AYS Daily Digest 31/5/17: (Will) the refugees suffer consequences of the NGOs’ misconducts and of common EU political decisions?
NGO accused of exploiting the refugees and misuse of funds, refugees and volunteers worried / Bad news are rumoured for the families waiting for reunification / last days to enroll in school in Greece / An asylum seeker won the appeal to the ECHR against deportation from Switzerland / German students protested deportation of a fellow student, police intervenes / Deportations to continue in a number of countries / Slowing (even more) the family reunification to Germany, …
Serious allegations were directed to the Mercy Corps recently, with claims reported to the NGO by telephone, that two of their workers in Greece have allegedly sexually exploited refugees and misused money intended for their welfare.
The Greek state is reportedly handing the case to their Supreme Court Prosecutor for further investigation, after minister Mouzalas forwarded a letter of “the EU’s top humanitarian aid official outlining the allegations”. However, as the Greek media claims, “the NGO allegedly involved was not publicly named, and no details on the claims were provided.”
In the public statement the NGO issued yesterday, they state that “the two staff members were named in the complaint and are on temporary paid leave pending the outcome of the investigation.” However, Greek sources say the NGO has not issued an apology in the meantime or expressed concrete actions they plan to take straight away, regarding their two employees’ misconduct and the financial accusations.
We are doing everything we can to understand the circumstances surrounding this allegation, take timely and appropriate action, and make the situation right. In order to protect the privacy of the complainant and ensure the integrity of the investigation, we cannot share additional information until the investigation is complete. — from the official statement by Mercy Corps.
The European Commission published that out of €198 million, which is a total amount of emergency support allocated until March this year, on 1 September Mercy Corps were given €6.25 million for “Multi-purpose cash grants”.
The greatest concern of all those on the ground, especially people stranded on the islands where the Mercy Corps are also active, remains the question if the refugees will be the ones ultimately (literally) paying the price of the alleged misconduct. Mercy Corps are officially “providing information and services, safe shelter and psychosocial support”, as well as the much needed cash assistance that some are putting in question until the investigation is completed. Hopefully the pre-paid debit cards distribution will not be paused due to the investigation into the allegations of the misuse of funds received and distributed by Mercy Corps.
Refugee presence in Greece, according to the Government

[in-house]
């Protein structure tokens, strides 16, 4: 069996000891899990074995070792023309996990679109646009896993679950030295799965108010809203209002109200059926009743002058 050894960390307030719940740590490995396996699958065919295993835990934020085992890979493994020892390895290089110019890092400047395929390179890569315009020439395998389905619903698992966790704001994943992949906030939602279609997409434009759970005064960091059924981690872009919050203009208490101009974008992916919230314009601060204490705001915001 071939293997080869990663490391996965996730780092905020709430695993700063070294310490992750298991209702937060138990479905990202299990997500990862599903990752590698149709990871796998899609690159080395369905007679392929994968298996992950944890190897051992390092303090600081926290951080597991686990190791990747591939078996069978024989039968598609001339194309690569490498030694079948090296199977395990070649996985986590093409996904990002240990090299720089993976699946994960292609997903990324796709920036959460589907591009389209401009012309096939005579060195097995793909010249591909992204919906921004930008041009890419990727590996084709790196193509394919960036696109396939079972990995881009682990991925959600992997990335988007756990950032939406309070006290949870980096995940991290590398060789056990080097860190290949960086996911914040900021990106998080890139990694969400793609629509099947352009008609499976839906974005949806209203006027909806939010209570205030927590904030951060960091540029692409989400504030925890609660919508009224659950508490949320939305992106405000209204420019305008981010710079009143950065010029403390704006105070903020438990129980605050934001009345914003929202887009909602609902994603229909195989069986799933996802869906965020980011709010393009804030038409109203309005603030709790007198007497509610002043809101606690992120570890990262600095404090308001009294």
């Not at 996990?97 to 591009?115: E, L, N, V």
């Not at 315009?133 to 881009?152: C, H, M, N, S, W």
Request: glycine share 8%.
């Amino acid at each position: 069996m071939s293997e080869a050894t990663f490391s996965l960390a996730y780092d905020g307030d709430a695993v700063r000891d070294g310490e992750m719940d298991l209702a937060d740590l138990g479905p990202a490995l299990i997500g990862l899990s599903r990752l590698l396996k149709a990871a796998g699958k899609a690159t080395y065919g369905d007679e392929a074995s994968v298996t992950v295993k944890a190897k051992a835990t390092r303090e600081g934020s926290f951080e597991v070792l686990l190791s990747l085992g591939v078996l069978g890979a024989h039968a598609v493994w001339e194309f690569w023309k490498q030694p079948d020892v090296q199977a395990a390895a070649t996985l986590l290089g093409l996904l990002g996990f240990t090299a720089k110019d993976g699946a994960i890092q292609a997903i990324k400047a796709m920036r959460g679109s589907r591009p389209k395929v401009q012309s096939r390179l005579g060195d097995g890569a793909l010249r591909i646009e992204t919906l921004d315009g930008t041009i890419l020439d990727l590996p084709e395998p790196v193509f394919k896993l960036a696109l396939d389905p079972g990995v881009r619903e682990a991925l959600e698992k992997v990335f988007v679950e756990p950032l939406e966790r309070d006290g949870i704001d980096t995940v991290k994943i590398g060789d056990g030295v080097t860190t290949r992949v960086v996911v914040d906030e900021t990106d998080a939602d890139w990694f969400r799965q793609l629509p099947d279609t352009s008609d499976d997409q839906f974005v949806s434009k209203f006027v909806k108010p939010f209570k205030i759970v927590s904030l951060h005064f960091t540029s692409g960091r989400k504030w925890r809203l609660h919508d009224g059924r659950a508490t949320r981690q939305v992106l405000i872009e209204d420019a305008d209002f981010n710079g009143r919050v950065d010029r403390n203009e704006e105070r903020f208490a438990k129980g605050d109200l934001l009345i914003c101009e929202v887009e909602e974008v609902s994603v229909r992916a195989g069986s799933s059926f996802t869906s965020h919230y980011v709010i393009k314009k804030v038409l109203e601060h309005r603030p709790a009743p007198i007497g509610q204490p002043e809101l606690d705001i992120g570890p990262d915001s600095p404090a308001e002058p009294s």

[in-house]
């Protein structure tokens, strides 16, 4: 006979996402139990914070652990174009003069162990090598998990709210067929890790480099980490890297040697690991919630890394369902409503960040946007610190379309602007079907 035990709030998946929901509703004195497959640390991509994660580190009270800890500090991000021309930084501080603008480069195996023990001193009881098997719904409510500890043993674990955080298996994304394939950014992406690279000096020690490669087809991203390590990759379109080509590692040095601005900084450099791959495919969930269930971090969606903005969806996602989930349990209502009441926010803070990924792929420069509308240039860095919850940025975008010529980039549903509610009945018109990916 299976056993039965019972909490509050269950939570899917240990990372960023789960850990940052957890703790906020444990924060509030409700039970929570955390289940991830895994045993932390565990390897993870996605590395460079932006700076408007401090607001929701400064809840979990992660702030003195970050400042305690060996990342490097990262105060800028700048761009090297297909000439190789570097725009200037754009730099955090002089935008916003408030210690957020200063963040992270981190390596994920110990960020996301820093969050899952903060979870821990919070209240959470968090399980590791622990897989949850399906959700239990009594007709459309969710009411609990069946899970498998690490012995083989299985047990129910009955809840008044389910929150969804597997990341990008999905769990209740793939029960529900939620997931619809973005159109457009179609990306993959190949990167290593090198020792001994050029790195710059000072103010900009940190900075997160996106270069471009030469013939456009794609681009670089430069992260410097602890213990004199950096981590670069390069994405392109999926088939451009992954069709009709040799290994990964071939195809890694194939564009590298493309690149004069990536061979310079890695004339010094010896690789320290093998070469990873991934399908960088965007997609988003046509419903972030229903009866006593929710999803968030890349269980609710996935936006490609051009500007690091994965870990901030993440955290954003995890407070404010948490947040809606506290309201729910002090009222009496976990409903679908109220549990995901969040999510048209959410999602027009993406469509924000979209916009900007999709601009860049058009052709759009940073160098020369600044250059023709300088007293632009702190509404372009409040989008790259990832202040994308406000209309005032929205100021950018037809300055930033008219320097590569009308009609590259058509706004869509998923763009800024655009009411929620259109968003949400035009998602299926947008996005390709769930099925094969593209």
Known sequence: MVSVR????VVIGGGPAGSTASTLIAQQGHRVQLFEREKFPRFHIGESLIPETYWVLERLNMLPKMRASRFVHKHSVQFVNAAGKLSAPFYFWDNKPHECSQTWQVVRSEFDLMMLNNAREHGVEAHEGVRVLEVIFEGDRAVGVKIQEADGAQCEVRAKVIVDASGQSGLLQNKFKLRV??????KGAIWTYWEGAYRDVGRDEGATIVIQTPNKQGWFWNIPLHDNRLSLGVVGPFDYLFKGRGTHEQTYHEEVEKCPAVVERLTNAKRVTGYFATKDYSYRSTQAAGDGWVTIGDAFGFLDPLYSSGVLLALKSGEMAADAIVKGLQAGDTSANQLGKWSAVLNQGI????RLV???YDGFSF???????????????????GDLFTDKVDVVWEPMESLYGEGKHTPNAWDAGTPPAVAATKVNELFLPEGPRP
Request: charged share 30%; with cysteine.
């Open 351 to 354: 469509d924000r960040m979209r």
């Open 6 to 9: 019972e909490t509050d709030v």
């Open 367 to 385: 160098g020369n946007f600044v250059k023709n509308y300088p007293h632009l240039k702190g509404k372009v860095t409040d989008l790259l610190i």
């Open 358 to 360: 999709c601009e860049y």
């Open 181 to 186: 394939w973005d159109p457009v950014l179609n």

Governmental figures as of May 30 state that 35,430 refugees are currently staying on the Greek mainland, of which in camps: 171 in Fylakio;
449 in Nea Kavala, 320 in Alexandreia, 128 in Derveni — Alexil and 88 in Derveni — Dion, 363 in Diavata, 96 in Kavalari and 450 in Softex;
188 in Kavala (Perigiali), 208 in Drama, 340 in Serres — Kege, 185 in Lagkadikia, 26 in Pieria (Ktima Iraklis), 187 in Veria;
88 in Konitsa, 61 in Doliana, 190 in Agia Eleni, 213 in Filipiada, 179 in Trikala, 1,078 in Koutsochero, 104 in Volos, 408 in Thermopiles, 176 in Andravidas;
790 in Schisto, 1,999 in Eleonas, 287 in Elliniko I, 221 in Elliniko II and 141 in Elliniko III;
600 in Oinofyta, 715 in Ritsona, 680 in Malakasa, 256 in Elefsina Naval School, 3,101 in Skaramangas, 270 in Lavrio, 107 in Rafina, 338 in the accommodation facility of Lavrio.
According to these official statistics, there are 13,068 people staying on the islands: 3,835 on Lesvos, 3,917 on Chios, 2,243 on Samos, 877 on Leros, 2,463 on Kos and 652 on Rhodes.
135 people arrived on the northern Aegean islands in the last 48 hours.
54 of them arrived on Lesvos, 40 on Chios and 41 on Samos.
54 people were registered on Lesvos and 38 on Chios, making a total of 92 people whose arrival has officially been registered today on the Greek islands.
Chios — camps are completely out of space
There are currently 3,917 refugees staying on Chios. The official capacity of the reception facilities on the island is 1,309 people.
A large group of refugees with children is on the street now on Chios.
Samos shares a similar story with 2,243 people staying there, while the capacity is 986 people and the island Kos currently hosts 2,263 people and its official capacity is 1,170.
The foodKIND team is seeking volunteers to work with them in Greece between the June 10 and July 5, so please get in touch if you can join them, even if it is only for several days.
Enrolling to school
Registration for primary school is under way for children aged 6 to 15.
The first school term will start after the summer, in September, and the last day to register is June 7.
Parents can go straight to the local school and fill in the paperwork.
What will happen with the families?
A growing concern in the past days has been the information circling around that the families who have long awaited to reunite with their other family members via the (ever slow) family reunification programme will wait indefinitely. It seems that some families who have been accepted to reunite with their families in Germany have been told that they will not be relocated until 2018, although they have previously been told they would be relocated within the next few weeks.
Some sources claim that anyone that doesn’t make it out before June 30 will wait until 2018.
Narrowing down the living space while waiting
The toughened state policy towards refugees in Bulgaria is forming practical ways of functioning. A draft order in Bulgaria, which is open for public consultation until June 25, will create four zones of movement for refugees, the Bulgarian media claim. Asylum seekers will not be allowed to leave their region of registration until their asylum procedure has been completed. Placement in “closed-type centres’’ is also foreseen for those who violate the borders of the designated zone of movement more than twice.